Portsmouth cruise port guide
Home to world-class museums, excellent shopping, the landmark Emirates Spinnaker Tower and the Royal Navy, the UK’s only island city is a growing cruise port with an astonishing array of attractions showcasing its naval and literary heritage. It’s perfect for a day stop or turnaround trip.
Cruise port location
Cruise lines including Saga, Noble Caledonia and Viking, dock at three berths close to the modern terminal building, located to the north east of the Royal Navy base and Old Portsmouth.
Can I walk to any places of interest?
A 20-minute walk takes you from the Port Terminal to the town centre and the majority of key sites are within walking distance of each other.
To get your bearings, follow the Renaissance Walking Trail along Portsmouth’s historic waterfront, taking in Old Portsmouth, Camber dock and Gunwharf Quays.
The port also provides shuttle buses to and from major attractions or you can take a 10-minute taxi ride into town.
Portsmouth has an excellent and reliable bus network, which is cheap and easy to navigate. Families will enjoy hiring bikes as the city is small and flat with designated cycleways and plenty of scenic cycle routes.
The city is well-connected by road and rail links to the rest of the UK. Drivers should take the M27 and M275 motorways where directions to the port and passenger ferries are clearly signposted.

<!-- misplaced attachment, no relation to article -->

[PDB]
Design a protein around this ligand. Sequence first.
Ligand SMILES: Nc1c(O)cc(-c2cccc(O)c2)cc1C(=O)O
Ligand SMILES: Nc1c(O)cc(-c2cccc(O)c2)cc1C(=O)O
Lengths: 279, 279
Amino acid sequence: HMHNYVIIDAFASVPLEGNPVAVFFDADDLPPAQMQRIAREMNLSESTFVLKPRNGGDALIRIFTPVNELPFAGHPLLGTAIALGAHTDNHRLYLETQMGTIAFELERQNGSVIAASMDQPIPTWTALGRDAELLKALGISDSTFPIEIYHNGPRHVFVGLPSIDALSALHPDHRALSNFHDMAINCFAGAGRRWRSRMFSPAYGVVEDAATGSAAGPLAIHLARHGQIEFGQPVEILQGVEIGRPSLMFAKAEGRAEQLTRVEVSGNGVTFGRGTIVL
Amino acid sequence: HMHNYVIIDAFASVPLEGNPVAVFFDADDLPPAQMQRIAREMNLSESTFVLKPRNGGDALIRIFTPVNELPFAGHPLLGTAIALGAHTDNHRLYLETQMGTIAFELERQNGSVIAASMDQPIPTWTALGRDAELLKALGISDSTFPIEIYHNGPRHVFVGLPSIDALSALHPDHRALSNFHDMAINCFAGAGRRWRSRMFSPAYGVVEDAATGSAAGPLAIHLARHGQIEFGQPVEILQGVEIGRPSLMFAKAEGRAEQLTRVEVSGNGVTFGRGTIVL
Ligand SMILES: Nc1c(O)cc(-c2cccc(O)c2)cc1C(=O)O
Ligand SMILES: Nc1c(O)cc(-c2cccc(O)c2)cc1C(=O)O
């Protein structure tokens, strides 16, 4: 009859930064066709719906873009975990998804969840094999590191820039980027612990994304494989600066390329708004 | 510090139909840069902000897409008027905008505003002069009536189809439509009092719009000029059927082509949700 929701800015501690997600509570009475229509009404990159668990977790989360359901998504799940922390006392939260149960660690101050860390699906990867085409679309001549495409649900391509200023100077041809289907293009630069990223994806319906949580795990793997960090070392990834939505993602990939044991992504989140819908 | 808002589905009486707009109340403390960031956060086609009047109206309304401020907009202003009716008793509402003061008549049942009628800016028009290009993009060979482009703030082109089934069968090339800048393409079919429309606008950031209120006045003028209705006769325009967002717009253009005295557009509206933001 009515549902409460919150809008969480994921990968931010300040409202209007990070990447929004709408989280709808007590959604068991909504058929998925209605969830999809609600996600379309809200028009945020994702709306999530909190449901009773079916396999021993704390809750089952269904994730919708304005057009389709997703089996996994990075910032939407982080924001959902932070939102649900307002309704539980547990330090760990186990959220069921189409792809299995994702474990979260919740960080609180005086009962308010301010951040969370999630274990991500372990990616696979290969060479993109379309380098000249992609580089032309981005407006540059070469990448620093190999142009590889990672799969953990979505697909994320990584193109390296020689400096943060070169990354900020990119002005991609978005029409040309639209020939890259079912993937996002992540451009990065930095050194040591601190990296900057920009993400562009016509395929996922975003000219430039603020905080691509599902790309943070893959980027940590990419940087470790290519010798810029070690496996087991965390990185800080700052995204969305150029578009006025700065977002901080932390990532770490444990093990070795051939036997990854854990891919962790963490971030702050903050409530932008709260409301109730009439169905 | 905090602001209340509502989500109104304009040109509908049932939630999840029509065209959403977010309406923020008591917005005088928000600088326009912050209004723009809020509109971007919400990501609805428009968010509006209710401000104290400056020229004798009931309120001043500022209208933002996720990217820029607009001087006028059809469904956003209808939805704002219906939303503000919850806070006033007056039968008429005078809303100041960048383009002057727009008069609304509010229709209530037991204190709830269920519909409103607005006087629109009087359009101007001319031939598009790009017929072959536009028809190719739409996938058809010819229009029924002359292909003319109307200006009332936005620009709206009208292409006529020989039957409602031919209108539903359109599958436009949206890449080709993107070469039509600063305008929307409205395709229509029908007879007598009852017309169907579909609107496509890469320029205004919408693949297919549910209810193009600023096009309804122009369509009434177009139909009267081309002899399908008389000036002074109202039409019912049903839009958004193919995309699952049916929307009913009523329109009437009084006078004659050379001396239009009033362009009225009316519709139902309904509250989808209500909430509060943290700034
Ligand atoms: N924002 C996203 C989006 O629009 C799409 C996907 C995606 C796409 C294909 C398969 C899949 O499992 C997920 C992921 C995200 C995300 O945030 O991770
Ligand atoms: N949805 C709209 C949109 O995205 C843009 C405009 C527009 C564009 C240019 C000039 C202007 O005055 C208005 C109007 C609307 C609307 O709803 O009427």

Portsmouth and Southsea station is closest to the port terminal building and there are frequent trains from London Waterloo (an 85-minute journey). The port terminal is a short bus or taxi ride away from the station.
Portsmouth Harbour offers train services to London Victoria via Gatwick Airport, Cardiff and Bristol.
The closest international airport is in Southampton while London Gatwick and London Heathrow airports are approximately 100km away.
A 10-minute drive from the Ferry Terminal, is the ultra-modern and tech-savvy Portsmouth Village Hotel. Club rooms come with a virtual concierge known as the Amazon Echo Dot and you can check in via an app or online.
Also conveniently located to the Port Terminal is the family-friendly Premier Inn Portsmouth City Centre, which has an on-site restaurant.
Stattons Hotel in Southsea is a delightful boutique hotel located close to the beach and affiliated with a nearby gastropub serving delicious dishes.
However, for a truly extraordinary start to your cruise, why not stay the night on an island in the middle of the Solent? In order to reach the No Mans Fort Hotel, you catch a boat with fellow guests – bag the penthouse suite in the lighthouse for incredible 360-degree views.
What to see and do
What can I do in four hours or less?
Portsmouth is packed with attractions for all ages so you’ll be spoilt for choice on arrival.
For those with limited time, head to Portsmouth Historic Dockyard. It houses no less than 11 sights, including Lord Nelson’s flagship HMS Victory, the heavily-armed HMS Warrior and the Royal Navy Museum filled with fascinating artefacts such as the face of Nelson taken from a plaster cast while he was still alive.